It is heartbreaking that I must explain why this matters. It is heartbreaking because we are in the year 2020 and it should not have taken this long to realize this need. It is heartbreaking because asking me this question brings a great deal of pain to me. It forces me to remember that generations of our people have had to justify our right to the same quality of life as white American society. It reminds me that I was the little Black girl looking in the window at all the white dolls and not finding any who looked like me.

We have a right to the same quality of life white disabled people already enjoy. Asking me to give reasons why a nonspeaking autistic Black teen would need an African American voice on his AAC device shows how much further we need to travel to get there.

P.S. The need for a variety of African American voices on AAC devices is also a matter of hope. Hope that someday, AAC device access will not be blocked by affordability. A disabled Black nonspeaker's right to the assistive technology they need to communicate should not be something unaffordable to most of our people. AAC devices, like prosthetics for physical disabilities, should be available and affordable to all, regardless of race.


Wednesday, July 29, 2020

#AutisticWhileBlack: Lift Your Family Out Of Autism Mourning Culture

Image of Mu in a red and black t-shirt and black shorts
under a canopy that protects him from
insects without the use of bug repellent, posted with
the permission of the subject. © Kerima Cevik
Mourning is a word that parents, including me, have misused. Being told by a medical doctor that our son would never improve and would eventually be institutionalized caused my entire family to break down in tears of shock. When we got home after an entire day of grueling tests and traumatic news, my husband, daughter, and I hugged Mu and one another and I vowed he wouldn't see the inside of any institution. Then we helped one another buck up and find ways to teach him and enrich his life.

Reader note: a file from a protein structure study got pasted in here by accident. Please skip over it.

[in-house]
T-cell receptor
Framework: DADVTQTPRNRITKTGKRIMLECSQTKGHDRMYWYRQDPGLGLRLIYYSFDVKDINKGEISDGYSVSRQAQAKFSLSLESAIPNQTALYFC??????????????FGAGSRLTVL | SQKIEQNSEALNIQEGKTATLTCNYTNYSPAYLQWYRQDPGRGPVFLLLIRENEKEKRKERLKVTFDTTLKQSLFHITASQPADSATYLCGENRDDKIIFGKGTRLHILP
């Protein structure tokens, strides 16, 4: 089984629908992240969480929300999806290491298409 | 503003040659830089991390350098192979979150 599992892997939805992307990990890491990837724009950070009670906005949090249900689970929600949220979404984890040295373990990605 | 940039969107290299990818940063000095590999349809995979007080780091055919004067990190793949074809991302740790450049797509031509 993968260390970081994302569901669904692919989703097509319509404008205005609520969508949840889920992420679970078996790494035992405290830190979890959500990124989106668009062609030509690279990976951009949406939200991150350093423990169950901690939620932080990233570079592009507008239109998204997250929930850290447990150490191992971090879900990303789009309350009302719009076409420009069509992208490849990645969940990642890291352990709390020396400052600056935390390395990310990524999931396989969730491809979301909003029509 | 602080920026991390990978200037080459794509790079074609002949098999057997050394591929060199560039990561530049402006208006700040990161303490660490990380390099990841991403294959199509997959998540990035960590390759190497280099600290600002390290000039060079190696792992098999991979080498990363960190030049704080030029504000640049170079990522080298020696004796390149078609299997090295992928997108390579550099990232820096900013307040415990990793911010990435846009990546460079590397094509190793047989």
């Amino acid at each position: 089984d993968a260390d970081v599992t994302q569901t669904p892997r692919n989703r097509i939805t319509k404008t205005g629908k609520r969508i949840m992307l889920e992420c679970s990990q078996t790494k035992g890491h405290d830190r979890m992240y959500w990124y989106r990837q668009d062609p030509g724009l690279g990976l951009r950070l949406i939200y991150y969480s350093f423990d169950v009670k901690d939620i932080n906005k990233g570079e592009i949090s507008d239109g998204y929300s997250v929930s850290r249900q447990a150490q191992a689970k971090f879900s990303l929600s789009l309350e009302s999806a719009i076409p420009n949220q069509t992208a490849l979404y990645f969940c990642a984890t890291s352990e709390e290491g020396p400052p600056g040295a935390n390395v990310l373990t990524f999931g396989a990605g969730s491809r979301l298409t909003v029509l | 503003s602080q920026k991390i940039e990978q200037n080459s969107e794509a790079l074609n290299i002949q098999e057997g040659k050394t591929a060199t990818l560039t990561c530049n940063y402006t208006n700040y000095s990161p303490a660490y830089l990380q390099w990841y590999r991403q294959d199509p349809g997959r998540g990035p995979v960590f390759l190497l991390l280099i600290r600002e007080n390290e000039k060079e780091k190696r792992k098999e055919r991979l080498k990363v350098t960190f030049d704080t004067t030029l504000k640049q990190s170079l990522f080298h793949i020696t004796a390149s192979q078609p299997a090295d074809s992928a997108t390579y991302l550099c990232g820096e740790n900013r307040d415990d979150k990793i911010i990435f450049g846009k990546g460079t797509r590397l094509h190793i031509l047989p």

We need to be clear about the language we use to describe milestones like diagnosis day in our children's lives.
I said this elsewhere I am going to repeat it here. I can't tell people how to govern their emotions. My activism is among other things, against parents and carers who abuse and eventually murder their autistic children. The pattern of abuse in every case, and I mean every case, begins with the appropriation and perversion of the process and meaning of mourning.

The Kübler-Ross model of five stages of grief is itself problematic. Yet parent-led autism organizations continue to espouse the appropriation of this model and apply it to parents mourning their children's diagnosis of autism.

Quoting the article "It's Time To Let The Five Stages of Grief Die" on the topic of applying a hypothesis based on anecdotal interviews on how patients handle a terminal illness diagnosis to any or all manner of grief/mourning:
"Despite the lack of evidence to back up the Kübler-Ross stage theory of grief, its original birthplace, On Death and Dying, has been cited 15 509 times on Google Scholar at the time of writing. It has been applied to everything from the grief processes of those diagnosed with diseases like COPD or HIV, to the grief experienced by caregivers of those with dementia; patients who have amputations due to diabetesdoctors who receive low patient satisfaction scores or go through reduced resident work hours; even (and I am not making this up) the grief experienced by consumers after the iPhone 5 was a disappointment."